NOEL KING, HOST:
Robert Mueller is coming to Capitol Hill. Mueller has agreed to testify on July 17 after he was issued subpoenas by the House Judiciary and Intelligence committees. Now, to this point, he has only talked once about his 448-page report, and he has said clearly that he's reluctant to talk more about it. Here he is after he announced that the special counsel's office had finished its work.
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ROBERT MUELLER: We chose those words carefully, and the work speaks for itself. And the report is my testimony. I would not provide information beyond that which is already public in any appearance before Congress.
KING: All right. NPR Justice reporter Ryan Lucas is with us in studio.
RYAN LUCAS, BYLINE: Good morning.
KING: So Mueller has been clear that the report is his testimony. In these hearings, can we expect to learn anything new?
LUCAS: That's a good question, and the answer to that is it's not entirely clear right now. We'd - we're - it's up to Mueller what he's going to say, and he is really going to define the parameters of what he wants to talk about. Now, as you noted, he has made clear that he doesn't want to do this. He doesn't want to be in the middle of a political fight. The negotiations to get him up onto the Hill to testify publicly took a very long time. Ultimately, as you noted, he's responding to subpoenas.
Now, the Democratic chairmen of the House Judiciary and Intelligence Committees, Jerry Nadler and Adam Schiff, they say that the American public needs to hear from Mueller himself about what his office discovered about Russia's interference in the 2016 elections, about the president's possible obstruction of justice. Democrats in particular want to go beyond, though, what is just in Mueller's report.
They have questions about prosecutorial decisions that Mueller's team made. They have questions about Attorney General William Barr's handling and presentation of the report. And then there are a bunch of other questions, including counterintelligence questions, that Democrats want to get into.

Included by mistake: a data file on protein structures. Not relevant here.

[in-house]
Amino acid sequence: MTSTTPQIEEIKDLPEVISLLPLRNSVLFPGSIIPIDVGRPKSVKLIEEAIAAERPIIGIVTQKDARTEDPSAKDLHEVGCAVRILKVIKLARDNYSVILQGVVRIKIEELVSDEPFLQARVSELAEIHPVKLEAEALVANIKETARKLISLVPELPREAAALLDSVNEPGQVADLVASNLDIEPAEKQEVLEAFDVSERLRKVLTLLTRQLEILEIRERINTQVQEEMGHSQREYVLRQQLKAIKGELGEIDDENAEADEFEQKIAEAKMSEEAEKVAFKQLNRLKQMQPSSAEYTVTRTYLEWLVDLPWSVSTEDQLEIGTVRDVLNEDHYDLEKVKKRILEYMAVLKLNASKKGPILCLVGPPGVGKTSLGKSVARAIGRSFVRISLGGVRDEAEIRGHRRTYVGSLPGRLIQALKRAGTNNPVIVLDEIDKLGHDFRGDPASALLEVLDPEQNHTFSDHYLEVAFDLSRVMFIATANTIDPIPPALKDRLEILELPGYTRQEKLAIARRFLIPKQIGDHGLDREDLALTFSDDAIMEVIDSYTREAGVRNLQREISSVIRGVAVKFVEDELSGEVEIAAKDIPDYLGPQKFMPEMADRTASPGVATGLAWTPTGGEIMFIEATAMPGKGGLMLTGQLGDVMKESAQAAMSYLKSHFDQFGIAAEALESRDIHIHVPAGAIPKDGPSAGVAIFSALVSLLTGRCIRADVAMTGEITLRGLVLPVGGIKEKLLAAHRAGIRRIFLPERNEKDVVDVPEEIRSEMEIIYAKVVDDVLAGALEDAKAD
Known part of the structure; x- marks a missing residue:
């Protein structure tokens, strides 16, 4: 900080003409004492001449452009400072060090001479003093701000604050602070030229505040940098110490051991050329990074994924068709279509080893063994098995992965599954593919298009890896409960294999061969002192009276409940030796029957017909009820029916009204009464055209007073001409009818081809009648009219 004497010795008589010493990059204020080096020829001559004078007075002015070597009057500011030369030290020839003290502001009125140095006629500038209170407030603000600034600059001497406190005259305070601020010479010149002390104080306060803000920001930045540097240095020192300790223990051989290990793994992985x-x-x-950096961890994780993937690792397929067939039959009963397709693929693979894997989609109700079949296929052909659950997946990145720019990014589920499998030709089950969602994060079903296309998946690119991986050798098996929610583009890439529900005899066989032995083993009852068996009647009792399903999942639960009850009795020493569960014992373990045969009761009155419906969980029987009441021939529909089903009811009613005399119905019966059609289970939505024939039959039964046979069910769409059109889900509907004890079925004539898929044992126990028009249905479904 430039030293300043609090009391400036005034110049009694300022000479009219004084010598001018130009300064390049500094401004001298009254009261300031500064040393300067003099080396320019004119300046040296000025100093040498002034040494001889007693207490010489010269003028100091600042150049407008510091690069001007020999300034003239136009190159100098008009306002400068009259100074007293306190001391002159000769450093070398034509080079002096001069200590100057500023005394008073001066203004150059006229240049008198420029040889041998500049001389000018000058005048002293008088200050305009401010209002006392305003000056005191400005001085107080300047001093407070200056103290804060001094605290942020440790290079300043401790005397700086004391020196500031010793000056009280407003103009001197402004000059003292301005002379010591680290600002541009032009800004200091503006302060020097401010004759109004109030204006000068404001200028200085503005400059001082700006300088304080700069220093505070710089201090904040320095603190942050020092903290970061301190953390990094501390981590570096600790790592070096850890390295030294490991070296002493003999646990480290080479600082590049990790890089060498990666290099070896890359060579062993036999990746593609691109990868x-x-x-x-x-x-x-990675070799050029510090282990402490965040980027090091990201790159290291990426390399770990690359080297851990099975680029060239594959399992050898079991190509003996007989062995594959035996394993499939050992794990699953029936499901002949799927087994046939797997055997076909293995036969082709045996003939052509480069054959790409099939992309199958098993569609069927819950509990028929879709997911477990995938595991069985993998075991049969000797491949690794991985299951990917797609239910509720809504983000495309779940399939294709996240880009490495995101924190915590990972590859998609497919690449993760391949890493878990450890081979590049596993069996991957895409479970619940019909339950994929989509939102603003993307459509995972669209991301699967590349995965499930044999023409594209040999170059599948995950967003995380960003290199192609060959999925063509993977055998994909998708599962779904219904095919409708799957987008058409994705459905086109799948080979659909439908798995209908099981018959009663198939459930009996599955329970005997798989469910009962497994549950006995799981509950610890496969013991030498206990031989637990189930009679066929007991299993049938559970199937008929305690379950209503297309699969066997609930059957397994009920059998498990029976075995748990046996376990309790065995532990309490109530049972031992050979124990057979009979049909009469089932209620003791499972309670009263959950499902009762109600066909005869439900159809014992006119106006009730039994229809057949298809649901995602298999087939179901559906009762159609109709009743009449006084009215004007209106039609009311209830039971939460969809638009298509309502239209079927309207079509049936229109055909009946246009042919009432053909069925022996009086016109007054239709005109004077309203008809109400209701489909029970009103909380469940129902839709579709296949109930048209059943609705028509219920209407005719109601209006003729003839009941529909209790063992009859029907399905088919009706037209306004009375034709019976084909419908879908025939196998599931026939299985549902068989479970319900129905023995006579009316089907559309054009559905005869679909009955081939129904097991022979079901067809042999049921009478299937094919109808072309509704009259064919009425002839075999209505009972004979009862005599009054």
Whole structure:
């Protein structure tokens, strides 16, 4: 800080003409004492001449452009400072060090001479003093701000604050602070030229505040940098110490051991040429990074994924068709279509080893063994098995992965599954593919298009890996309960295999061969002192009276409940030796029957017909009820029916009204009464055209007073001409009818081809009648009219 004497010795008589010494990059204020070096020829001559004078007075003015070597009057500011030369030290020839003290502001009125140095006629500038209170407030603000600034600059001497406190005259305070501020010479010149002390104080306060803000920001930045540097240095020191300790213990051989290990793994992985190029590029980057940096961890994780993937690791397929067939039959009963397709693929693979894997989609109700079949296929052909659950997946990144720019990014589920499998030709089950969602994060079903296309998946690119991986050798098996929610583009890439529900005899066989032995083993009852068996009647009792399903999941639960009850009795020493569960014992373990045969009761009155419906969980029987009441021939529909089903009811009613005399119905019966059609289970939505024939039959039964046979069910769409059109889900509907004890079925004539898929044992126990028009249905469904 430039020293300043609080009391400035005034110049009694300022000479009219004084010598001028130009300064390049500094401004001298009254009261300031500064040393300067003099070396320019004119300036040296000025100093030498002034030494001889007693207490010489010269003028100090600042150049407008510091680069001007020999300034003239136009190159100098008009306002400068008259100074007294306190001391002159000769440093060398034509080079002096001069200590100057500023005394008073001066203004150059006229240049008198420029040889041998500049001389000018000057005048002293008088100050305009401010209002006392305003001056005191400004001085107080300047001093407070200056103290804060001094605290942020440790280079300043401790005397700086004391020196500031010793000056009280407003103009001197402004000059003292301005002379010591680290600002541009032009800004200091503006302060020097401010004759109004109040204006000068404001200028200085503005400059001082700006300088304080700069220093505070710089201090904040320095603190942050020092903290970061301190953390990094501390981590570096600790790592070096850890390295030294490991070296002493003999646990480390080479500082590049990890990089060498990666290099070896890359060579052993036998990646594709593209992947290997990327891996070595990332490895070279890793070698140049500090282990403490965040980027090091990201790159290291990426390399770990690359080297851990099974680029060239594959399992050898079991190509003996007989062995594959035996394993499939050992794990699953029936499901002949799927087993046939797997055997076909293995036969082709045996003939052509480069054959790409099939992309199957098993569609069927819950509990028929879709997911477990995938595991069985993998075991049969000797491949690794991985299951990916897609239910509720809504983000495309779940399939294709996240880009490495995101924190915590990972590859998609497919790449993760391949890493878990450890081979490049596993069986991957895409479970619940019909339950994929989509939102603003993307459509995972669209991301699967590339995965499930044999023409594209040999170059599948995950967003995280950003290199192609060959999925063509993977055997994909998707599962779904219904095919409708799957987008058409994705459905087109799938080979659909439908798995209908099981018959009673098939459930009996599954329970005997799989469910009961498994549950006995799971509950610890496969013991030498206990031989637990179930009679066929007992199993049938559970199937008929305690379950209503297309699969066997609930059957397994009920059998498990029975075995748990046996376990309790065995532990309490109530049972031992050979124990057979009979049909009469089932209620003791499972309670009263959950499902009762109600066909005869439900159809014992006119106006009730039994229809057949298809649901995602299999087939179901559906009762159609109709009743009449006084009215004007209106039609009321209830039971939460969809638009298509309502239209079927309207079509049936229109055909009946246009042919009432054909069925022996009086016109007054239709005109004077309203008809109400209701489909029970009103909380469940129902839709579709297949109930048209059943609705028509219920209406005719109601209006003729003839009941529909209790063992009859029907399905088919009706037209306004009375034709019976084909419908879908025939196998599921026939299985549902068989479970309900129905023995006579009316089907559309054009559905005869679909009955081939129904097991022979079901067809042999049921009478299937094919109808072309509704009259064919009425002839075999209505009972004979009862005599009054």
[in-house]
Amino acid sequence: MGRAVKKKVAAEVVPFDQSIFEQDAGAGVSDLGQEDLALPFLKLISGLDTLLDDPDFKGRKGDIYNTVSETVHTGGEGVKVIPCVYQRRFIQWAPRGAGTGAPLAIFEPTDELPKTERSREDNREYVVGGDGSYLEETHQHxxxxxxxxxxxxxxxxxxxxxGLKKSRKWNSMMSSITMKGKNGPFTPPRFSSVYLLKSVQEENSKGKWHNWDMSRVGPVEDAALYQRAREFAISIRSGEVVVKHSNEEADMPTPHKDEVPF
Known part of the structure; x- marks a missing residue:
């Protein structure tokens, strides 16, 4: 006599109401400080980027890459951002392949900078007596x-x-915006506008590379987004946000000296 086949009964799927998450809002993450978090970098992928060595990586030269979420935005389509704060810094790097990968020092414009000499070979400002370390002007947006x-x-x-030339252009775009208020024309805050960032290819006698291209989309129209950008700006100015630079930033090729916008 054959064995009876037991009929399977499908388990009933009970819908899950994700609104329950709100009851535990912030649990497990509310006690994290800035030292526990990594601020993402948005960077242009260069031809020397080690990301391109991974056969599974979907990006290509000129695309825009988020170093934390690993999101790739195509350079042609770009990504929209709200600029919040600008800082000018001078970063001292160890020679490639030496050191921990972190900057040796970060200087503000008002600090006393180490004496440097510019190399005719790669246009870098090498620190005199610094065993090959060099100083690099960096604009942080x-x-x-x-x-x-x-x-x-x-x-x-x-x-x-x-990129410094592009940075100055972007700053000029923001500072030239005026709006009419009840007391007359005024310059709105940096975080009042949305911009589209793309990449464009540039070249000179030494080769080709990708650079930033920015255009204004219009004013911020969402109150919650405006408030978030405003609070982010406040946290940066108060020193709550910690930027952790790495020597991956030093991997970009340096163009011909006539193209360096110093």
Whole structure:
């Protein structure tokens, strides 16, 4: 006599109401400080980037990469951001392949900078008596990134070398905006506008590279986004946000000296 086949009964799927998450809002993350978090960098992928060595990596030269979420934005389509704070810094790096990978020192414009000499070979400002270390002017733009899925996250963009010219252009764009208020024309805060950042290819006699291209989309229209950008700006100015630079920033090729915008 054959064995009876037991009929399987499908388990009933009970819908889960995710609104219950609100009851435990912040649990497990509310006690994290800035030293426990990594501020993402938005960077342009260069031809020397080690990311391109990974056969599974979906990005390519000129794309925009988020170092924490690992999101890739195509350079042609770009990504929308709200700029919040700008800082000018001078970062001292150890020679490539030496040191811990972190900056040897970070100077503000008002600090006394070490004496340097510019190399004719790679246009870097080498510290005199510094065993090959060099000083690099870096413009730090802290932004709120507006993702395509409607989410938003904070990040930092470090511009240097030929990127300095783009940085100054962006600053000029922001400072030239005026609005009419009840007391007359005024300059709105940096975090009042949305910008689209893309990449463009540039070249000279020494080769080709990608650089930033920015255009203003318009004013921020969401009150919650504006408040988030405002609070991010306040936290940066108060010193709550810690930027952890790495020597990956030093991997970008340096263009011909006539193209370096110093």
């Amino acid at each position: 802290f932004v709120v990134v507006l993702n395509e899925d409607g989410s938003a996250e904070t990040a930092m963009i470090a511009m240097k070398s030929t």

KING: So there's going to be a lot of interest in these hearings, for sure. They're going to be carried out live on TV and radio almost certainly. What do Democrats want from that, from the attention?
LUCAS: Well, this is a big deal for them. They want the public to see Mueller testifying about what he and his investigators found. This is a big, headline-grabbing set of back-to-back hearings. There will be two hearings. The fact that this is going to be broadcast live on national radio and television is a big get for Democrats. Remember, there's a growing number of Democrats in the House that are pushing for impeachment. This hearing could help them build a public case against Trump. Now, important to note at the same point in time that House leaders do not support impeachment proceedings at this point.
And Democrats in the House have struggled to gain any sort of traction with their investigations into the president so far. The White House has blocked their efforts. So for House Democrats, getting Mueller even against his will in front of a national TV audience is a big deal. Even if Mueller just sticks to the words in his report, Democrats could be thinking here that his testimony will grab the American public's attention in a way that that dense report did not.
KING: Because most people did not read the report, if we're being frank. What do Republicans want to get out of this or want to avoid here?
LUCAS: Well, Republicans welcomed Mueller's coming up to the Hill to testify, as Democrats did. Some of the president's most ardent allies on the Hill are on these two committees. They will be eager to score their own points to defend the president. They will bring up their own views about how - what they call missteps by investigators during the probe, questions that they have about the makeup of Mueller's team, allegations that they've raised about surveillance abuse, alleged surveillance abuse by the FBI and others.
The top Republican on the House Judiciary Committee, Doug Collins, said in a statement that he had encouraged Mueller to testify. And he said that he hopes that this hearing will give Democrats closure, as he said Americans have already reached.
KING: Very quickly, has the president responded?
LUCAS: The president tweeted overnight two words - presidential harassment. One of his private attorneys, Jay Sekulow, said on Fox News last night that he doesn't expect anything that Mueller says to be different than what is in the report itself.
KING: NPR Justice reporter Ryan Lucas.
Thanks so much, Ryan.
LUCAS: Thank you.
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